3.12 Closure and rehabilitation phase

Noise impacts are likely to be significantly reduced during the closure and rehabilitation phase, compared with the ‘normal’ operations of a mine. However, noise impacts from closure and rehabilitation cannot be ignored, as earthmoving equipment remains operational and often operates in exposed locations as the final landform is created. Any environmental management plans for the mine should remain in operation for closure and rehabilitation to allow for ongoing noise monitoring and community consultation as required.

CASE STUDY: Effective monitoring to understand a noise problem

One of the major dump stations for a large open-cut coal mine was located close to a residential property. The homestead for the property was located approximately 1,200 metres north-east of the dump station, on elevated land with a clear line of sight to the dump station.

The current owners had resided on the property since June 2000. Complaints had been received since the dump station was upgraded in mid-2002.

Ambient noise logging at the site showed low background levels typical of rural areas, but no clear pattern of elevated noise levels in relation to dump station activities. There was no clear correlation of high noise levels with high coal throughput, nor low noise levels with low coal throughput. This made it difficult to understand the extent and nature of the problem.

Measurements during the daytime period typically showed that mine noise was inaudible, and natural noises such as insect and bird noise dominated. Measurements were repeated during the night time period to understand the conditions during the times when complaints were typically made.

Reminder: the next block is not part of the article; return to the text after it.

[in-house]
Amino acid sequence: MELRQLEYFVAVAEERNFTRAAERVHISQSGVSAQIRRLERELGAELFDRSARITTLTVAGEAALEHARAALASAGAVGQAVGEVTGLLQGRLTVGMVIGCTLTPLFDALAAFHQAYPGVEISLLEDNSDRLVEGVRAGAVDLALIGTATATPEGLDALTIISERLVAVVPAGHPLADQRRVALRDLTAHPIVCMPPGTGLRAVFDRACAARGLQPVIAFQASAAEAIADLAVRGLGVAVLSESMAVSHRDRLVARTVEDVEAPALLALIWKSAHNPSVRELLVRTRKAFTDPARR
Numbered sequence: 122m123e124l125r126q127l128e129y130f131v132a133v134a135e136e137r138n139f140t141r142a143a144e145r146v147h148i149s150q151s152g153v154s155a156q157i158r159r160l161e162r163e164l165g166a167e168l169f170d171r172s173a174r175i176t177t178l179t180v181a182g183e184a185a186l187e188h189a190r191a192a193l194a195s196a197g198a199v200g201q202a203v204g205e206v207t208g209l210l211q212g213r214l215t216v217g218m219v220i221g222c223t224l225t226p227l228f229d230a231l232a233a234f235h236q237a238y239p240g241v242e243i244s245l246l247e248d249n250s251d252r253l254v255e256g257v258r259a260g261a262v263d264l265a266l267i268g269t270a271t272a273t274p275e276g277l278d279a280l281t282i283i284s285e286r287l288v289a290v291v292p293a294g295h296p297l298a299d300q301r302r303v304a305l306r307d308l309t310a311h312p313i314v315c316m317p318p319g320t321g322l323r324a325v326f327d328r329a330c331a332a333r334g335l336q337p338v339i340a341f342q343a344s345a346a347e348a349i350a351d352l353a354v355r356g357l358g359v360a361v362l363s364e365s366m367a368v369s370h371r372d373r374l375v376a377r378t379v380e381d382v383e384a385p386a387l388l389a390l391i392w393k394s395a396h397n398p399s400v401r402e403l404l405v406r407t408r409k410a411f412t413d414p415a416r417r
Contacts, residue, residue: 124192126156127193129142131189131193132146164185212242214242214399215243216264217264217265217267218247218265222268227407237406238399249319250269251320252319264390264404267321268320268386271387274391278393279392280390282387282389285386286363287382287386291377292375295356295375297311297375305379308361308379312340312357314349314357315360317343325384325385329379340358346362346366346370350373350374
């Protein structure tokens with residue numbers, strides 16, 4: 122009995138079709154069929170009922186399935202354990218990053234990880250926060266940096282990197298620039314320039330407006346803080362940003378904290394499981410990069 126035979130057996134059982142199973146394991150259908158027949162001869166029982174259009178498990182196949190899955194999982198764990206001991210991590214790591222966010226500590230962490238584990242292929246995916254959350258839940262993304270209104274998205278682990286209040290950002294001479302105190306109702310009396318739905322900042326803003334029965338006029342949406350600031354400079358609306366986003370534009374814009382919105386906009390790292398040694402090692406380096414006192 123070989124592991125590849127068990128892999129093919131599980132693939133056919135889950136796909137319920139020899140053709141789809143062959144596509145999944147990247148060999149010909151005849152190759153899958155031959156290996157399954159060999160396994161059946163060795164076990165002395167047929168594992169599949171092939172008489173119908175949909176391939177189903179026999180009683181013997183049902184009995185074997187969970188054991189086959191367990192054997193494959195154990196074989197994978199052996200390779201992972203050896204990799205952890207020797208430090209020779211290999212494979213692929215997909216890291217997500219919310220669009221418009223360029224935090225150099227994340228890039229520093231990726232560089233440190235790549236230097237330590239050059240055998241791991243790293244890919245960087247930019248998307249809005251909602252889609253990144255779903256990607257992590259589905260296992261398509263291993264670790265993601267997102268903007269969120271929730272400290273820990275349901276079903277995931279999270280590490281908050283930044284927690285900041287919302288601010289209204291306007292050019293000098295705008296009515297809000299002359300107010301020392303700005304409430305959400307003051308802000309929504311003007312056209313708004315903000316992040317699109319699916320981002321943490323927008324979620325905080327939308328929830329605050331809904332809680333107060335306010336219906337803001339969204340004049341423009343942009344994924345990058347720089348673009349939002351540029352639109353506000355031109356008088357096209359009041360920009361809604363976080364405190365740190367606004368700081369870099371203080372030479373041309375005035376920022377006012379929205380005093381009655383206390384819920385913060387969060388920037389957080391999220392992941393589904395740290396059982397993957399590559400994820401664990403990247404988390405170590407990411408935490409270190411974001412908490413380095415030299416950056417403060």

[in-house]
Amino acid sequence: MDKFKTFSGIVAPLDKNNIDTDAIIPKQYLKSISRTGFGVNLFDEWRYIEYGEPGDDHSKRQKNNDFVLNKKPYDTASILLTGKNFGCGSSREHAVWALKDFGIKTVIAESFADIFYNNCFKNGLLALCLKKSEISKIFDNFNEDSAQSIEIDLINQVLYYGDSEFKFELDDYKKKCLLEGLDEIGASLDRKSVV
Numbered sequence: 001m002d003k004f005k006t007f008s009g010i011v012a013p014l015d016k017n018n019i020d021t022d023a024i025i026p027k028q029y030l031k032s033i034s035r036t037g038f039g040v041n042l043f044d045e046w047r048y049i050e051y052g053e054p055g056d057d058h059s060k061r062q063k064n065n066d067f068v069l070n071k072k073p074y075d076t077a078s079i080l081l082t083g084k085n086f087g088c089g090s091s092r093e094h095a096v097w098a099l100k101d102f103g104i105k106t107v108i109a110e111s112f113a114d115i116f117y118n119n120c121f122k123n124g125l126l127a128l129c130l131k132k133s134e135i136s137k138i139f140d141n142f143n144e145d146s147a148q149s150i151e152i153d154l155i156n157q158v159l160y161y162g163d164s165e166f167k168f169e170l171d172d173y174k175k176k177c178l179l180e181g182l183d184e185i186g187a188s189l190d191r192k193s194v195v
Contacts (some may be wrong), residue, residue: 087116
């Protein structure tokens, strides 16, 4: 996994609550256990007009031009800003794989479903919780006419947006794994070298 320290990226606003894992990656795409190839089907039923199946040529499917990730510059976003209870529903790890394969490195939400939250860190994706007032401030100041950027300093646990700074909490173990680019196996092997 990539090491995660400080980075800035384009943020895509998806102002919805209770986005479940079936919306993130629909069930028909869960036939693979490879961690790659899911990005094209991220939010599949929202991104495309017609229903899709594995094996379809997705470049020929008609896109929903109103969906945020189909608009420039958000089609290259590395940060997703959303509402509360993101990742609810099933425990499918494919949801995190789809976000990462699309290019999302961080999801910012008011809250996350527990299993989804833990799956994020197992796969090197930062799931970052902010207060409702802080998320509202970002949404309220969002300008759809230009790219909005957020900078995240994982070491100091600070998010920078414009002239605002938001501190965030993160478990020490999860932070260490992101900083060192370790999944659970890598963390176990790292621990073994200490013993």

This demonstrated that noise levels at night increased by 5 dBA to 6 dBA compared to daytime levels, due to the presence of adverse weather conditions such as temperature inversions. Background noise levels were very low. As a result, noise emission from the dump station dominated the ambient noise environment.

The major noise sources audible were:

  • engine and track noise from dozers
  • conveyor noise
  • clangs from coal dropping through the rill tower
  • noise from trucks unloading at the dump station.

The coal stockpile acted as a noise barrier for the mobile equipment operating behind the stockpile. It was found that noise levels from this equipment could increase by up to 12 dBA when the stockpile was low.

Methods were proposed to reduce these noise levels, including:

  • replacing tracked dozers with rubber-tyre dozers
  • controlling the size of the coal to reduce the impact noise on the rill tower
  • shielding the overland conveyor
  • maintaining coal stockpiles at a high level during night-time periods.

In the end, the mine operator helped to relocate the homestead to the opposite side of the property, away from the dump station. Noise emission from the dump station was completely inaudible at this location, even with background noise levels of 18 dBA.

This case study demonstrates that noise logging alone is often insufficient to properly characterise a noise problem and determine a solution. Background levels can vary considerably with seasons, which, coupled with variability in the noise source and weather effects, can make it difficult to draw conclusions from the logging. Sometimes there is no substitute for attended nighttime measurements under the ‘typical worst case’ operating conditions.

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Dump station showing the effect of coal stockpiles. Soruce: Emma Charlton, AECOM.

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